• Pules8 - no IPv6 support and no known plans to support in the future, no G.fast packages and no timescale to offer it.
  • Freeola - no IPv6 support.
  • Uno - no IPv6 support.
Out of interest why is IPv6 a must? What can you do over IPv6 that you can't over IPv4? My ISP offers both IPv4 and IPv6, yet I've only ever used static IPv4 addresses and never had any problem on the WWW.
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re0

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Re: Suggestions for FTTC ISP
« Reply #9 on: October 15, 2018, 04:01:39 PM »

Out of interest why is IPv6 a must? What can you do over IPv6 that you can't over IPv4?
Those are good questions indeed. And you do make a good point, and I have thought about it before and asked myself "is IPv6 really necessary"?

The truth is, I could live without IPv6 for the moment since a lot of websites and services support both protocols. When I see it as a requirement for me I am thinking about the future. In the meantime, I could just use a 6in4 provider but Teredo tunneling is broken in Windows 10 (and has been for a while). I could look to some other tunnelling protocol, perhaps VPN, but these are just workarounds.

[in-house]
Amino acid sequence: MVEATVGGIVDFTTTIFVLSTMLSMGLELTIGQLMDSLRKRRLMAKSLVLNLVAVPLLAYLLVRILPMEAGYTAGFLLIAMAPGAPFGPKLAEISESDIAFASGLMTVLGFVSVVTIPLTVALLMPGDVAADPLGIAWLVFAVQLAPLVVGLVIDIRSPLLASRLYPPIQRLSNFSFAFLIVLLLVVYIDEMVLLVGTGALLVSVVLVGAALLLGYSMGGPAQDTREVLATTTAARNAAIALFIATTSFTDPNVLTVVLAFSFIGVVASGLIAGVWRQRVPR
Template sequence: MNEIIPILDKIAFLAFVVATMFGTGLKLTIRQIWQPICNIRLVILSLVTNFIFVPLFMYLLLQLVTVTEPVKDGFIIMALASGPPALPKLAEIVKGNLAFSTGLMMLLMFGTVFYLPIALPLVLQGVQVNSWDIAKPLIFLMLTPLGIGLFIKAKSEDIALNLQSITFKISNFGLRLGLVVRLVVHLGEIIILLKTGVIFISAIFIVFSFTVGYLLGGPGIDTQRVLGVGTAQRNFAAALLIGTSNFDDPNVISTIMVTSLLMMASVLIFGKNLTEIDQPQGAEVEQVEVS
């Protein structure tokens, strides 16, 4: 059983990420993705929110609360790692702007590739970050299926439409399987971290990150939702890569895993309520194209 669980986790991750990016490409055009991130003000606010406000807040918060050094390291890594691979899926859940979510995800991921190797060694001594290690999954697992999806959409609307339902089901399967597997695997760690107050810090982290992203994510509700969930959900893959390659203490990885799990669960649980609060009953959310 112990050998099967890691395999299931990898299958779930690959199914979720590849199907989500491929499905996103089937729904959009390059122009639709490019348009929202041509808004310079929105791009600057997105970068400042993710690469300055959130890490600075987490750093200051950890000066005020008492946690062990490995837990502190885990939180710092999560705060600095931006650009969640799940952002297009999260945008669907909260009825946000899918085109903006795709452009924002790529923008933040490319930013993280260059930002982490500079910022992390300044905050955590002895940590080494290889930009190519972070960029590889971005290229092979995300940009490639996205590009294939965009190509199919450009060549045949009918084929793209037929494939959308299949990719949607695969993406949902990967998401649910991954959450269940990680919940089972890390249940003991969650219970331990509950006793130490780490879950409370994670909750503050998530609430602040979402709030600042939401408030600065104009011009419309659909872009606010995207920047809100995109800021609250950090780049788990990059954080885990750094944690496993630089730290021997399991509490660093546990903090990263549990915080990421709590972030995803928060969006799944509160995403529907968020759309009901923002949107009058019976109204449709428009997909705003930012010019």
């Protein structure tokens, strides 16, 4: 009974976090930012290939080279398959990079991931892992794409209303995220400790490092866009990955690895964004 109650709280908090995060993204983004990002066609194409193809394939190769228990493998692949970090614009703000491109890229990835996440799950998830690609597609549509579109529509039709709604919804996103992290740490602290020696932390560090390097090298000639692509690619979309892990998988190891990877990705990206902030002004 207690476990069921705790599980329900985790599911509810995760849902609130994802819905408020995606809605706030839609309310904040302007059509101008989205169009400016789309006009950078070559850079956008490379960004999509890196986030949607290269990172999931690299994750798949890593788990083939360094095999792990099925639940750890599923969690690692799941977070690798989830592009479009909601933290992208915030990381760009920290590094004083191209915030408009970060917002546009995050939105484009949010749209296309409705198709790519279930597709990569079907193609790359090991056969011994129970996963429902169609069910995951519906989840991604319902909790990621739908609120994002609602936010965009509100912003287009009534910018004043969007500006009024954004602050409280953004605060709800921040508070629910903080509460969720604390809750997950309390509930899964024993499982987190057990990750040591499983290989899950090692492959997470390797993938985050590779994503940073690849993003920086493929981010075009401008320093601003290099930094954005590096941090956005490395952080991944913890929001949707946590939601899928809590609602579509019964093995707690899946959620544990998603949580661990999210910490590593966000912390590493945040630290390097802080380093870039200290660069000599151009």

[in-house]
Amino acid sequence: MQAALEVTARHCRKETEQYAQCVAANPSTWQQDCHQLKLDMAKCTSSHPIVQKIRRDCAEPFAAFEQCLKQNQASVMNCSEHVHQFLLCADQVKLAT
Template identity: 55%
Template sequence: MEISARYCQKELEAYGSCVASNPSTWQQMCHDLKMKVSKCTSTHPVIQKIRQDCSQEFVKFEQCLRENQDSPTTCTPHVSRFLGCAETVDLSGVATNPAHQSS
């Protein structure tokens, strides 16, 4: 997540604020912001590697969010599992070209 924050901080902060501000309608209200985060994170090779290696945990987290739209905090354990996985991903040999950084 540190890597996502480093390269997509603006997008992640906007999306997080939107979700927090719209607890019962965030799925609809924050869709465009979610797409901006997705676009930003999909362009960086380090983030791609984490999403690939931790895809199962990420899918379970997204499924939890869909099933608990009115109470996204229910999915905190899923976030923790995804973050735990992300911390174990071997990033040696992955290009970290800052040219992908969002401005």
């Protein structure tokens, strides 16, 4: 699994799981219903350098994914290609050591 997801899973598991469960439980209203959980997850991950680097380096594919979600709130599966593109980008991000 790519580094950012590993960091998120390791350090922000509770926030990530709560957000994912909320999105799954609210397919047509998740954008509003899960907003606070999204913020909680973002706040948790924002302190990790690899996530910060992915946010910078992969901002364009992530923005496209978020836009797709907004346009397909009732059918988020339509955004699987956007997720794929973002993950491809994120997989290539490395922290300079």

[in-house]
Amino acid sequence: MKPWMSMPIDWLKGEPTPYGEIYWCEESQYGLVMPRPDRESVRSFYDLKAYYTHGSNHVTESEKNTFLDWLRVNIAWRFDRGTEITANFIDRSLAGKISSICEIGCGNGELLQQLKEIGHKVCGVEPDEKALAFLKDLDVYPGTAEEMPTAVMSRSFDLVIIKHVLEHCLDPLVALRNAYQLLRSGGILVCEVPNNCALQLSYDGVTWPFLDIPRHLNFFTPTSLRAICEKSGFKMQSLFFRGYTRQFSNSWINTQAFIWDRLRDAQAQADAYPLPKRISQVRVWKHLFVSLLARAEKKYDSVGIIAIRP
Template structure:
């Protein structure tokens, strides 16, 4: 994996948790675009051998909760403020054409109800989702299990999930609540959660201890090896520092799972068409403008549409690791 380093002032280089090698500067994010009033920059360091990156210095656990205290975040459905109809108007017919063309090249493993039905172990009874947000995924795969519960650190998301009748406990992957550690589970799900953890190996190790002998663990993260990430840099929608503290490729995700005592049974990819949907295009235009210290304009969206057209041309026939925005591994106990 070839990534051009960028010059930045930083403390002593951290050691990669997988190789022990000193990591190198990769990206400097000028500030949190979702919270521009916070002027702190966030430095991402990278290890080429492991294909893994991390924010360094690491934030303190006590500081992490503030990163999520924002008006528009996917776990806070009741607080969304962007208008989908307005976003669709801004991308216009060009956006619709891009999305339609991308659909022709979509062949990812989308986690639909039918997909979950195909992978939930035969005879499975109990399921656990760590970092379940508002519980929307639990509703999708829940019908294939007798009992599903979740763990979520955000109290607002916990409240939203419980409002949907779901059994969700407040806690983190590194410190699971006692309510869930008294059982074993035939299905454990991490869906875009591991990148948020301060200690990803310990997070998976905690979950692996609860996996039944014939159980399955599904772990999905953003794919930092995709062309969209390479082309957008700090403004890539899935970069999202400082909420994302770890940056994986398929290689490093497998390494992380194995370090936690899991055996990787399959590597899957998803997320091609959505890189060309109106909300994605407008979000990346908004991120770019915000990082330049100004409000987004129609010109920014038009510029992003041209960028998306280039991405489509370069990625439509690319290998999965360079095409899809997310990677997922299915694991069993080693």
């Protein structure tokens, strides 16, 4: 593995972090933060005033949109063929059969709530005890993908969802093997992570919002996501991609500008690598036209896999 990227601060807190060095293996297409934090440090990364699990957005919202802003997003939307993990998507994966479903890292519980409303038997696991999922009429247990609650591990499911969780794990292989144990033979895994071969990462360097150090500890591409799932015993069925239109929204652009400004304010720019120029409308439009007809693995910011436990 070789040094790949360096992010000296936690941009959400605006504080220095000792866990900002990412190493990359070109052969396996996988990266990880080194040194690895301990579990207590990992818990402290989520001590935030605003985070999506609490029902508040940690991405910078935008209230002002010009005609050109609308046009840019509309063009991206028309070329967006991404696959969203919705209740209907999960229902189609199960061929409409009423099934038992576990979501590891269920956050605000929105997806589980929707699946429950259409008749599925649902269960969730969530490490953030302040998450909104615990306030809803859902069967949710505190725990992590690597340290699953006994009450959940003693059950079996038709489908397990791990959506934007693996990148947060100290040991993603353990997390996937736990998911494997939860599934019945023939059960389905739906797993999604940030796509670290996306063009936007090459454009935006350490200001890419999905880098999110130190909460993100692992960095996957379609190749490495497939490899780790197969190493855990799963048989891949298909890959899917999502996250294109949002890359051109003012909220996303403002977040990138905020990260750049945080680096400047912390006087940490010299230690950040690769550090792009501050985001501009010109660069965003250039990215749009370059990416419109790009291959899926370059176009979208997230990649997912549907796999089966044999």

One other thing to mention is that I would like to get used to using IPv6 since I have had little exposure to it. Plus, I would like to be able to enable, properly configure and test IPv6 iptables (ip6tables).
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re0

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Re: Suggestions for FTTC ISP
« Reply #10 on: October 15, 2018, 06:36:48 PM »

Well, I'll give AAISP a try and hope I won't regret it. :) There are two active lines here so hopefully Openreach won't eff it up somehow. Though I did make it clear which CLI needs to be migrated so I do not believe that the information will get lost from AAISP to OR, but it's after that I have to worry about!
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dee.jay

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Re: Suggestions for FTTC ISP
« Reply #11 on: October 15, 2018, 07:19:20 PM »

If OR mess it up, rest assured, AAISP will get it sorted. I promise you, you will not be disappointed with AAISP. My only regret with AAISP was not signing up years ago.
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re0

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Re: Suggestions for FTTC ISP
« Reply #12 on: October 15, 2018, 07:32:51 PM »

The truth is, I don't actually have a problem with my current ISP. I am just looking to the future as perhaps this one may not continue to meet my needs. With G.fast around the corner, I want to switch lanes now and be able to jump to G.fast when it is available.
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Weaver